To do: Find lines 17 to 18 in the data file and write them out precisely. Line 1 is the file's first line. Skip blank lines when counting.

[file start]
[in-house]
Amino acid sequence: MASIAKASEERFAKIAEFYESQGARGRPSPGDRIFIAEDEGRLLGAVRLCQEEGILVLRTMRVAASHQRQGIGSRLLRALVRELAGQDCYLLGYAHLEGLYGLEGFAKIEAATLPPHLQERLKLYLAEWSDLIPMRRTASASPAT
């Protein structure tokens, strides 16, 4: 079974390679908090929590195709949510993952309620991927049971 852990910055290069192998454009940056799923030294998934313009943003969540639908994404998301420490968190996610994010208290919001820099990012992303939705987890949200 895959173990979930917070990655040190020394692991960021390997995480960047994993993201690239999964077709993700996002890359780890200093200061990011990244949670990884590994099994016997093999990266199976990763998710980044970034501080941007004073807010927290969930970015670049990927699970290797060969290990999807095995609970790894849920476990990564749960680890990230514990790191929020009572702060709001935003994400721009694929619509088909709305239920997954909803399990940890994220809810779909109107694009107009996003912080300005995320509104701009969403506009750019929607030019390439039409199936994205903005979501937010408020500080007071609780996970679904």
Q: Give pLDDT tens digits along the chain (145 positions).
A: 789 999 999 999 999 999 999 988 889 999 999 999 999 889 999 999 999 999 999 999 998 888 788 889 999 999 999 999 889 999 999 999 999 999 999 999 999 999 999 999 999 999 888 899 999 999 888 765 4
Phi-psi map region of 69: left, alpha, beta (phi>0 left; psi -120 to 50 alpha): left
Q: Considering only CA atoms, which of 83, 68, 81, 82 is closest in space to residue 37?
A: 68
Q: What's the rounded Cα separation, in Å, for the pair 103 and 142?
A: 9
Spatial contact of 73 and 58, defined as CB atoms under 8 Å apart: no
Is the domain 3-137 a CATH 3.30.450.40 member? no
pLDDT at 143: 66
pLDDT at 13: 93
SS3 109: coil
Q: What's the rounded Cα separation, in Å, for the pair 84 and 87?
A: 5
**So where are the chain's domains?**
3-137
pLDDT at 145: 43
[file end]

A: 5
**So where are the chain's domains?**